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Civics 101: Single-shot or bullet voting

J. H. Osborne • Apr 15, 2019 at 5:30 PM

With municipal elections coming up in Kingsport, Bristol, and Bluff City, this week's Civics 101 takes a look at a strategy used by some voters which some might initially think sounds counterproductive.

It’s called “single-shot” or “bullet” voting, and in essence it means a voter opts to forego his or her right to vote for multiple candidates in a single race and instead cast only one vote. Doing so would seem like throwing your full rights away to some. But to others, it is seen as adding strength to the single vote they do cast.

The theory is this: If you have a particular candidate you want to win more than any others, by voting only for that candidate you lessen the likelihood other candidates in the same race will equal or exceed the votes received by your candidate. The strategy often is used if a voter thinks a race could be close.

Let’s say there are five candidates for three seats on a local elected board and all are “at-large” representatives. That means each eligible registered voter in that locale has the right to vote for three candidates total. The top three vote-getters will win. If a voter has one particular candidate they want to make sure wins in case of a tight finish, they might choose to vote only for that one candidate.

On election results, this will cause an “undervote” in the final tally: If 1,000 voters cast ballots, there would be the potential for 3,000 votes in the example above (if each voted for three candidates); but if some voters don’t vote for three — choosing only one or two instead — the total votes cast won’t reach that 3,000 mark. The difference is the undervote.

“Single-shot or bullet voting applies to races in which voters have the opportunity to cast a vote for more than one candidate in a single race,” Sullivan County Administrator of Elections Jason Booher said. “Examples of more than one winner races in Sullivan County include county commission, constable, and municipal offices. In some instances, a voter may vote for two, and in others up to three candidates. In my experience, many voters mistakenly believe they must cast the maximum number of votes permitted in each race. Each voter has the option to choose not only who to vote for, but how many candidates they wish to vote for in a multi-vote race. In theory, a voter who chooses to vote for a single candidate in a multi-vote race has improved the chances that the candidate they voted for will win. For example, if a voter casts a single vote in a race that permits up to three votes for three separate candidates, that voter has in theory provided that single candidate with three votes by not diluting their vote to three different candidates.”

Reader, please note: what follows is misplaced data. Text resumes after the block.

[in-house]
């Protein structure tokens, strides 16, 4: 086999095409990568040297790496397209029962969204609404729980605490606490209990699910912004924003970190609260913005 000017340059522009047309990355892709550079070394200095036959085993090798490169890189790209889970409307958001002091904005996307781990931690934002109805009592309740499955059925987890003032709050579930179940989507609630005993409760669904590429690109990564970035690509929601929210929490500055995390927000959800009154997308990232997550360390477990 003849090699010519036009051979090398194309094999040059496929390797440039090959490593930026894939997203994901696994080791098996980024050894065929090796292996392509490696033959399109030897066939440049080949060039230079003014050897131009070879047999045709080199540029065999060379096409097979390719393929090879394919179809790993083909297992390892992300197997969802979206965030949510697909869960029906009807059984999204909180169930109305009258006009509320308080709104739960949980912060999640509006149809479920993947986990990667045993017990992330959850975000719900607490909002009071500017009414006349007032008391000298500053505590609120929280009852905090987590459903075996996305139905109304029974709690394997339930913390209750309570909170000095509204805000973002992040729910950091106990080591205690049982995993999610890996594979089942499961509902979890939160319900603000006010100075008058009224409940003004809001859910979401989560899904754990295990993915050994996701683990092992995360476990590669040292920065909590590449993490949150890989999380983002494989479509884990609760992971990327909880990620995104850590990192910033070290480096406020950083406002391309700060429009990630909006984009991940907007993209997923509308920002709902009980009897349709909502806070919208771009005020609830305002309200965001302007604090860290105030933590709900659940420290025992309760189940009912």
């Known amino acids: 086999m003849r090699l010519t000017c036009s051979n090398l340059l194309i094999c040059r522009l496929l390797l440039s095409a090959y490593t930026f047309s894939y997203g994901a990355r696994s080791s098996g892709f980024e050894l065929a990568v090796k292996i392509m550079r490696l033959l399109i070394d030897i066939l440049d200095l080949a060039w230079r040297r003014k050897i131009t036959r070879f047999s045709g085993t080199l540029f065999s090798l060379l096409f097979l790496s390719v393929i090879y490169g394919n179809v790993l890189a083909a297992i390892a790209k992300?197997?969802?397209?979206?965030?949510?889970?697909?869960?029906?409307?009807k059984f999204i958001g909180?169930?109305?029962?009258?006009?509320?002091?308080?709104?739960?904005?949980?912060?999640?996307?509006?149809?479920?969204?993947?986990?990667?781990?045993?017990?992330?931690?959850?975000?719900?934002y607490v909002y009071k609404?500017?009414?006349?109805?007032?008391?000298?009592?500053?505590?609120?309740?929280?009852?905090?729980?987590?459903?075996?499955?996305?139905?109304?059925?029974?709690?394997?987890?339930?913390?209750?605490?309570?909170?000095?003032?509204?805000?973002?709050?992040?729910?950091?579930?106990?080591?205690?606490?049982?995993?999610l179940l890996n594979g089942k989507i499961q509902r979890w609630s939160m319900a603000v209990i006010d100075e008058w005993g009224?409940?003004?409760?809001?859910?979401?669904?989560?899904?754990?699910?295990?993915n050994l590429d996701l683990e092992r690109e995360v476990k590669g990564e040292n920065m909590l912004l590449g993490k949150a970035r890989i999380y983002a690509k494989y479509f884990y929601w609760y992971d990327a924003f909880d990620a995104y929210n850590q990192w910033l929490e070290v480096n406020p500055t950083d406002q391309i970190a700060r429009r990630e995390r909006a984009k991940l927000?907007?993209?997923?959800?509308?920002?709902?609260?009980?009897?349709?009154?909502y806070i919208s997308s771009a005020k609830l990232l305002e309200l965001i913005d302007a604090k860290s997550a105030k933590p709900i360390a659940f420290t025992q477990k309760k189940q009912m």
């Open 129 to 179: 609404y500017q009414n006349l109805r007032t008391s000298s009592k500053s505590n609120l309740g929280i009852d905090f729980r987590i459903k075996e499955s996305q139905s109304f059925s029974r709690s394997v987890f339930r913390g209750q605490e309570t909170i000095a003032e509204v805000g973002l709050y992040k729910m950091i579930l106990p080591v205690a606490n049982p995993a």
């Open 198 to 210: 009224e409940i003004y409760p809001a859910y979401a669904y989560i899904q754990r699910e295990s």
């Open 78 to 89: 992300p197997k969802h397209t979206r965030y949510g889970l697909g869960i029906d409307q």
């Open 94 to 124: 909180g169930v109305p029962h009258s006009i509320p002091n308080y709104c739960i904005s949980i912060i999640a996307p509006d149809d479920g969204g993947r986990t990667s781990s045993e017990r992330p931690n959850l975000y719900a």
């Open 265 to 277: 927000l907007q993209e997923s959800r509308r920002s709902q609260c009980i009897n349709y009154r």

Because all voter selections are anonymous, there is no way to determine the true effect of single-shot voting, Booher noted. It isn’t a simple as trying to estimate the effect of single-shot voting by looking at the number of undervotes.

“All voters need to know that their vote is anonymous,” Booher said. “That they have the freedom to choose not only which candidates to vote for across all races, but that they do not have to cast a ballot for all races on the ballot. That in multi-vote races they may vote less than the maximum number of votes permitted. And that it is not possible for any candidate to receive more than one vote from each voter.”

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